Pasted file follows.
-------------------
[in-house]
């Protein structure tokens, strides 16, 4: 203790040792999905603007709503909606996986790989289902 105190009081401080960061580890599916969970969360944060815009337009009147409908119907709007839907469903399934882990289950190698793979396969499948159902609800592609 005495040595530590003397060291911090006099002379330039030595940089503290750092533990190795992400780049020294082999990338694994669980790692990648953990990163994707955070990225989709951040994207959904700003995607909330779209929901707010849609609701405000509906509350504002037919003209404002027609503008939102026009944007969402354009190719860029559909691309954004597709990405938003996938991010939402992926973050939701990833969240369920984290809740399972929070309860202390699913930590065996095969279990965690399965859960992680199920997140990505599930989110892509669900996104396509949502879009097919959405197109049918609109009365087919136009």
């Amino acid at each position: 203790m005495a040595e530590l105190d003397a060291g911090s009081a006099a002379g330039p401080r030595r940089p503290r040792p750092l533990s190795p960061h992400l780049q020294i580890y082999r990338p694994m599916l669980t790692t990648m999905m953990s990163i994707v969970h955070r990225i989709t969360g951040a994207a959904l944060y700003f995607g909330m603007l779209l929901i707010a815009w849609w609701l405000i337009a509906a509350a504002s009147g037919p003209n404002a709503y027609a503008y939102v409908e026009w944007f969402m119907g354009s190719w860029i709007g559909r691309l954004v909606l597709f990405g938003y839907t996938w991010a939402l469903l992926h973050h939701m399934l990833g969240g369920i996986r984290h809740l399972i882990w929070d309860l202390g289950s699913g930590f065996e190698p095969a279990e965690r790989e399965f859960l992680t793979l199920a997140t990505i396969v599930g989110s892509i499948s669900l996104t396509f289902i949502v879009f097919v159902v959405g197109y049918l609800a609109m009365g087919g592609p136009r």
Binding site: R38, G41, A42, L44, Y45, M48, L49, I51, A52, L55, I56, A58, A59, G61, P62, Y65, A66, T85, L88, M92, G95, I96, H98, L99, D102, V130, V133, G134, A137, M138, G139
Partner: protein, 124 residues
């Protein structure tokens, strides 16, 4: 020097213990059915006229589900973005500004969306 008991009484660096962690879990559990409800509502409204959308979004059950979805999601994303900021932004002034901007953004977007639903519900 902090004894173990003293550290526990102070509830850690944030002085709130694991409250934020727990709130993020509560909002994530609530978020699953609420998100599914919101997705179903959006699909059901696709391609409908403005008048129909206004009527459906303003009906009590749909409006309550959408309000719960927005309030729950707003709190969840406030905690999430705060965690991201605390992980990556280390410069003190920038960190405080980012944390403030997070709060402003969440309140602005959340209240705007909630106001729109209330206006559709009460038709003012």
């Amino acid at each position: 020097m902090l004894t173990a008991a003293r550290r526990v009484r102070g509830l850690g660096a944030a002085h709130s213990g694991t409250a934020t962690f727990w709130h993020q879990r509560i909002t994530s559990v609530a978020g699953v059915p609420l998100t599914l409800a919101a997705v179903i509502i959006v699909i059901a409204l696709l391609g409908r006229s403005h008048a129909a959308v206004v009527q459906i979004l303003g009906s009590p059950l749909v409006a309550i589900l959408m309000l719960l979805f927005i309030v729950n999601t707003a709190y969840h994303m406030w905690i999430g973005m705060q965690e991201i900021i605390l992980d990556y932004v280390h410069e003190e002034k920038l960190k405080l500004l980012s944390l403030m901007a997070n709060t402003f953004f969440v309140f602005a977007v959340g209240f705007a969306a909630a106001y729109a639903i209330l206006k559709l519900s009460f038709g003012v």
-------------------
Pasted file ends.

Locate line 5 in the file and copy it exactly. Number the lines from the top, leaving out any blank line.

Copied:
Partner: protein, 124 residues